The inner wall 820 of the shutter 818 serves to define a conduit 834 that is open from the top rim 822 to the bottom rim 824. The inner wall 528 of the movable support member 526 is housed inside this conduit 834. A small annular gap separates the inner wall 528 from the inner wall 820. This is for preventing either or both of the walls from coming into contact with each other when moved in the Z-axis 527 direction.

  The shutter 818 is positioned such that the outer wall 826 is outside the passage 524 such that the wall 518 remains nested within the annular chamber 836. Next, the top of the shutter 818 is nested inside the annular chamber 542 of the movable support member 526. Preferably, there is a small annular gap between the walls 528, 820, 518, 826 and 534. This is because these walls do not touch during the movement of the movable support member 526 in the Z-axis direction because contact with the wall surface will generate contaminants.

  Other embodiments of the invention will be apparent to those skilled in the art from consideration of the specification or practice of the invention disclosed herein. Various omissions, modifications, and changes to the principles and embodiments disclosed herein may be made by those skilled in the art without departing from the true scope and spirit of the invention as set forth in the claims.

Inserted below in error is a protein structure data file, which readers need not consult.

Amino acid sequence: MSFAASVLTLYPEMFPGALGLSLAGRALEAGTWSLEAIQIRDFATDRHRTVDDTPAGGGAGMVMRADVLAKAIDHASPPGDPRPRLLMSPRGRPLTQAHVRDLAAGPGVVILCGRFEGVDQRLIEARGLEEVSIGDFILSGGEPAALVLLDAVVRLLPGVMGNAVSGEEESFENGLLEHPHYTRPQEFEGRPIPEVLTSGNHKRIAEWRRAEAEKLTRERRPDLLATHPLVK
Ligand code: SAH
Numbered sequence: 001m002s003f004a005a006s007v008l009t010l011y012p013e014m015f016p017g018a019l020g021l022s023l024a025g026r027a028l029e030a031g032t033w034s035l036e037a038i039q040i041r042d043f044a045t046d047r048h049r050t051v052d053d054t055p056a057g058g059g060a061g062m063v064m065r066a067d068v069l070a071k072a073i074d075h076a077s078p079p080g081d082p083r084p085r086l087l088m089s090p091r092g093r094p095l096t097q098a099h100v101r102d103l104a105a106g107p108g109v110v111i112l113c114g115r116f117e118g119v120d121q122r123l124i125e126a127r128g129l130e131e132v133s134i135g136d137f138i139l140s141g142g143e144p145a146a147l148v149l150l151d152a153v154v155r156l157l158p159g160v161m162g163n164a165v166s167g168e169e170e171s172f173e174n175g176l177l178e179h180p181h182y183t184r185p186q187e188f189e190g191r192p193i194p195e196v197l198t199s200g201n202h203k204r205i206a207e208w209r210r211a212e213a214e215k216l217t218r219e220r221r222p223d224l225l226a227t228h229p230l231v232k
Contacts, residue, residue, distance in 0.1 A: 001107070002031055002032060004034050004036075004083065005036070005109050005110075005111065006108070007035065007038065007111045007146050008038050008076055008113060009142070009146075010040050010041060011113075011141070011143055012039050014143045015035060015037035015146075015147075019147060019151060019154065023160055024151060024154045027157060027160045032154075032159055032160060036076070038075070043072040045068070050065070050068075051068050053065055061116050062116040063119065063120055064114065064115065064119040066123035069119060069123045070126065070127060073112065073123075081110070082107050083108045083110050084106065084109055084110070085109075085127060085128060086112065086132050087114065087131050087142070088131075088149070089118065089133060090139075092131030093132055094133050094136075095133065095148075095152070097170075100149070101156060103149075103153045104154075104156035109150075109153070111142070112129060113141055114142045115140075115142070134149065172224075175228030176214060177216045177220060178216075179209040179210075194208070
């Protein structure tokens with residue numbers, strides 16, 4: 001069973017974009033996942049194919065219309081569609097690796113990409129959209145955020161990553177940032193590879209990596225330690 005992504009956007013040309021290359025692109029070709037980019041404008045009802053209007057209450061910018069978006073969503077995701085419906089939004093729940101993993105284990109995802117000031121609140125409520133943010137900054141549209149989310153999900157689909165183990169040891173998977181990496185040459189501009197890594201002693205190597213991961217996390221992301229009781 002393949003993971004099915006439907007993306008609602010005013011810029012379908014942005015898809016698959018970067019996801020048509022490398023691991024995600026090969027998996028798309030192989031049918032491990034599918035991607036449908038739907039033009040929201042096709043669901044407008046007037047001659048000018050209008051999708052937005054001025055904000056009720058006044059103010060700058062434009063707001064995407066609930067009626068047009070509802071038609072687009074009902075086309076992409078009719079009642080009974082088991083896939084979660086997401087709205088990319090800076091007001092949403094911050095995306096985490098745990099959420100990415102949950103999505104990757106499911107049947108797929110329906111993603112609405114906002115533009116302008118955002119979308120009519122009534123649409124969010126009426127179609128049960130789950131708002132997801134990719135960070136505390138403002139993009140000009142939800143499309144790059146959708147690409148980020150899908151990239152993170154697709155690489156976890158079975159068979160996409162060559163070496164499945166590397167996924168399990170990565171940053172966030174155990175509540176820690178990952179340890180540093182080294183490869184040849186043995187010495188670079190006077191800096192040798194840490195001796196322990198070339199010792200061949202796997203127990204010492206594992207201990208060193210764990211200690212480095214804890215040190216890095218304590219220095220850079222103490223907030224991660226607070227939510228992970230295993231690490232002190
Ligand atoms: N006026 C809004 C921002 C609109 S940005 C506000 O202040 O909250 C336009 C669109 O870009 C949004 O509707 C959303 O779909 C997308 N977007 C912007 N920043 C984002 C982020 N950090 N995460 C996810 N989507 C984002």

1 is a perspective view of a preferred tool embodiment of the present invention. FIG. FIG. 2 is a perspective cross-sectional view of the tool along the line AA in FIG. 1 in a state in which the inner duct path is visible and the shutter is down / closed. FIG. 2 is a perspective cross-sectional view of the tool along line BB in FIG. 1 in a state in which the inner duct path is visible and the shutter is up / opened. It is a perspective sectional view in the state in the middle duct way structure of the tool along the BB line of FIG. It is a perspective sectional view in the state in the outside duct way structure of the tool along the BB line of FIG. FIG. 2 is a perspective cross-sectional view of the structure along which the tool is transferred along the line AA in FIG. 1. FIG. 2 is a perspective cross-sectional view of the structure along which the tool is transferred by the tool along the line BB in FIG. 1. FIG. 2 is a perspective view of the bottom of the tool of FIG. 1. FIG. 6 is another perspective view of the bottom view of the tool of FIG. 1. The components have been removed to show a series of concentric and concentric walls that rise upward from the bottom of the base pan and define a plurality of drain plenums and drain reservoirs. It is a perspective view of the bread | pan for base parts of 1 tool. FIG. 2 is a perspective view of an annular drip ring used in the tool of FIG. 1. FIG. 2 is a perspective view of an outer and annular baffle plate used in the tool of FIG. 1 (intermediate and inner baffle plates are not shown but are nested inside one another as shown in other figures and related descriptions. Is the same except that it is dimensioned). FIG. 2 is a perspective view of an outer annular baffle hood used in the tool of FIG. 1 (intermediate and inner baffle hoods are dimensioned to be nested inside one another as shown in other figures and related descriptions, not shown. It is the same except that it is). FIG. 2 is a close-up cross-sectional view of a portion of the tool of FIG. 1 along line BB, generally identifying the area around the annular drip ring. FIG. 3 is a close-up cross-sectional view of a portion of the tool of FIG. 1 along line BB, generally identifying the region around the inner baffle member. FIG. 3 is a close-up cross-sectional view of a portion of the tool of FIG. 1 along line BB, generally identifying the region around the intermediate baffle member. FIG. 3 is a close-up cross-sectional view of a portion of the tool of FIG. 1 along line BB, generally identifying the area around the outer baffle member. FIG. 2 is a close-up cross-sectional view of a portion of the tool of FIG. 1 along line BB, generally identifying the plenum and drain reservoir. FIG. 6 is another close-up cross-sectional view of a portion of the tool of FIG. 1 along line BB. FIG. 3 is a cross-sectional view of a portion of the tool of FIG. 1 along line BB. FIG. 2 is a cross-sectional view of a portion of the tool of FIG. 1 in a configuration in which the dispensing assembly along line A-A is lowered to perform processing and the shutter is lowered / closed. It is a perspective view of the ceiling board used with the tool of FIG. FIG. 2 is a perspective view of a movable support member used in the tool of FIG. 1. FIG. 9 is a partial cross-sectional view of the tool of FIG. 1 along line CC of FIG. 8 showing actuator components for the outer and inner baffle members. FIG. 2 is a perspective view of a dispensing assembly used with the tool of FIG. FIG. 22 is a cross-sectional perspective view of the dispensing assembly of FIG. 21 along line GG. FIG. 22B is a cross-sectional perspective view of the dispensing assembly of FIG. 21 along line GG similar to FIG. 22A, except identifying additional reference characters. FIG. 23 is a perspective view of the spray nozzle / barrier structure used in the dispensing assembly of FIG. 22, essentially as seen from the underside of the structure. FIG. 23 is a perspective view of the spray nozzle / barrier structure used in the dispensing assembly of FIG. 22 as seen at the approximate top of the structure. FIG. 25 is a cross-sectional view of the spray nozzle / barrier structure of FIG. 24 along line H-H. FIG. 25 is a cross-sectional view of the spray nozzle / barrier structure of FIG. 24 taken along line JJ. FIG. 23 is a view of a central delivery nozzle member used in the delivery assembly of FIG. FIG. 23 is a perspective view of a retainer / spacer clamp used in the dispensing assembly of FIG. FIG. 23 is a perspective view of a portion of the central delivery nozzle of FIG. 22 including a sub-assembly of the central delivery nozzle and retainer / spacer clamp. FIG. 30 is a cross-sectional perspective view of the subassembly of FIG. 29 taken along line DD. FIG. 30 is a cross-sectional perspective view of the subassembly of FIG. 29 taken along line CC. FIG. 23 is a view of the showerhead distribution assembly used in the distribution assembly of FIG. 22 and is a perspective view generally showing the top side of the assembly. FIG. 24 is a view of the showerhead dispensing assembly used in the dispensing assembly of FIG. 22 and is a perspective view generally looking at the bottom side of the assembly. FIG. 33 is a perspective view of a base used in the showerhead delivery assembly of FIG. 32; It is a perspective view of the cover part used with the assembly for distribution of the shower head of FIG. FIG. 23 is a perspective view of a mounting solid (stand-off) used in the distribution assembly of FIG. 22; FIG. 2 is a cross-sectional view of a portion of the tool of FIG. 1 along line AA showing the nesting relationship between the movable support member, the shutter, and the ceiling board. It is a perspective view of the shutter used with the tool of FIG.